Sport » Tennis

Updated: December 6, 2009 00:41 IST

Spain retains Davis Cup

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Spain's Feliciano Lopez (R) and Fernando Verdasco during their match against Radek Stepanek and Tomas Berdych of Czech Republic in the doubles match of the Davis Cup final in Barcelona.
Spain's Feliciano Lopez (R) and Fernando Verdasco during their match against Radek Stepanek and Tomas Berdych of Czech Republic in the doubles match of the Davis Cup final in Barcelona.

Spain retained the Davis Cup by winning the doubles match and taking an insurmountable 3-0 lead over the Czech Republic in the final.

Feliciano Lopez and Fernando Verdasco beat Radek Stepanek and Tomas Berdych 7-6 (7), 7-5, 6-2 in the deciding match on clay at Palau Sant Jordi.

Spain, which won its fourth title since 2000, is the first country since Sweden in 1998 to defend the trophy.

Spain took advantage of Berdych’s shaky serve for three of its four breaks.

Verdasco also overcame early jitters to help clinch the title for the second straight year by scoring two key breaks, including in the 14th game of the second set. The ninth-ranked player won the deciding singles match in Argentina last year.

Stepanek sent a shot into the net on match point to hand Spain the title at the same venue where it took its first title nine years ago.

Lopez threw his wrist band to Crown Prince Felipe after the team bench emptied to chants of “Campeones!” or Champions!

“We didn’t expect to win it this quickly,” captain Albert Costa said. “The key to this team has been its unity.”

Spain is now the sixth most successful team in the competition’s 108-year history after the United States (32 titles), Australia (28), France and Britain (9) and Sweden (7).

Czech captain Jaroslav Navratil opted for Berdych and Stepanek - who were 5-0 in Davis Cup doubles coming into the match - instead of original picks Lukas Dlouhy and Jan Hajek despite both players losing their singles matches on Friday.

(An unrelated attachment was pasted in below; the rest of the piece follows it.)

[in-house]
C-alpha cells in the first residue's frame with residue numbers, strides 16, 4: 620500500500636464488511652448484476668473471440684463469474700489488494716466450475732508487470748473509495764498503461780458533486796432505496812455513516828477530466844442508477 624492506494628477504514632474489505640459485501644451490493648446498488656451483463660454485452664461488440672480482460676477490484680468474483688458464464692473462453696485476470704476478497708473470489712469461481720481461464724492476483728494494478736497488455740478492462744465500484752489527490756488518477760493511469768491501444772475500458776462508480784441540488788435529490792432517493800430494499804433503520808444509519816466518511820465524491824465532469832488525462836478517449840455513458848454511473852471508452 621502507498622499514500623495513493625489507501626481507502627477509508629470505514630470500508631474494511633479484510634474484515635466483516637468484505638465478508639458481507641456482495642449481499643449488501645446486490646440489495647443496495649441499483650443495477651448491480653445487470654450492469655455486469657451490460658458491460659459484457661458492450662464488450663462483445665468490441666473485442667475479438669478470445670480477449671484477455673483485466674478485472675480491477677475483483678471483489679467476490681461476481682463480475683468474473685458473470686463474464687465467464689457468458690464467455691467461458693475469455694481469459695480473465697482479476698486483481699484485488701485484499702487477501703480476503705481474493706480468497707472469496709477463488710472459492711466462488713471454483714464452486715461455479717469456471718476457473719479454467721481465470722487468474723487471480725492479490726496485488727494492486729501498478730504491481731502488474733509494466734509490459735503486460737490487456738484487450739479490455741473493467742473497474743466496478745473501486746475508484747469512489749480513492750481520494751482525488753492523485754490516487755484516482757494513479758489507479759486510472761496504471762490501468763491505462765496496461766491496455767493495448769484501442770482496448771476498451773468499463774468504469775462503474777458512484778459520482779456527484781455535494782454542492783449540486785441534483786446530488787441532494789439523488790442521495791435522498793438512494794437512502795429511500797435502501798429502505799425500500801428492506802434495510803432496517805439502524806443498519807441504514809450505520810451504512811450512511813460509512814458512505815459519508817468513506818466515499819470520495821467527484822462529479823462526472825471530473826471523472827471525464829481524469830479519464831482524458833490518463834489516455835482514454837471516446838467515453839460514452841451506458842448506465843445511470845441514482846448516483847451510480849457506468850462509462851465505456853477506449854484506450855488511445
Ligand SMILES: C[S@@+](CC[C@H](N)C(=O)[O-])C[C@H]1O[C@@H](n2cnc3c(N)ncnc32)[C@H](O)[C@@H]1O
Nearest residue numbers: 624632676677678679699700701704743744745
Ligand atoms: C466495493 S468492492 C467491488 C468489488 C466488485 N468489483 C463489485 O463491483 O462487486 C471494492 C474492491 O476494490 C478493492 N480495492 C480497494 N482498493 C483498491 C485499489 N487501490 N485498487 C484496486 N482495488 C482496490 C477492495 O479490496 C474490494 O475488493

Berdych lost to Rafael Nadal while Stepanek blew a two-set advantage in a gruelling 4-hour defeat to David Ferrer.

Spain’s mastery on clay continued as it stretched its unbeaten run on the red surface to 20 ties. The Spaniards are unbeaten at home since 1999 - a run of 18 opponents. It is only the fourth team to defend its title since the format changed in 1972.

The first set was decided after a lengthy exchange between Verdasco and Berdych, who struggled with their serves and were each broken once in the first set.

The Czechs saved three set points before setting up one for themselves, which Lopez saved with a net volley. But on the deciding point, Stepanek stepped up to backhand Lopez’s volley long.

Both teams held serve until the 11th game of second set when Spain rallied from 40-0 down on Berdych’s serve to score the only break of the frame.

Lopez clinched the two-set lead on the second set point by ripping an ace down the middle.

Verdasco’s high lob then touched the far line to set up three break points in the first game of the third, and Lopez clinched it with a one-handed backhand down the near line.

Verdasco then sent a crosscourt forehand out of Berdych’s reach for another break and a 4-1 lead.

The Czechs played its third final and first since Ivan Lendl guided Czechoslovakia to victory in 1980. Only one team had ever recovered from a 0-2 deficit before, with Australia rallying against the United States 70 years ago. Spain improved to 4-2 against the Czechs.

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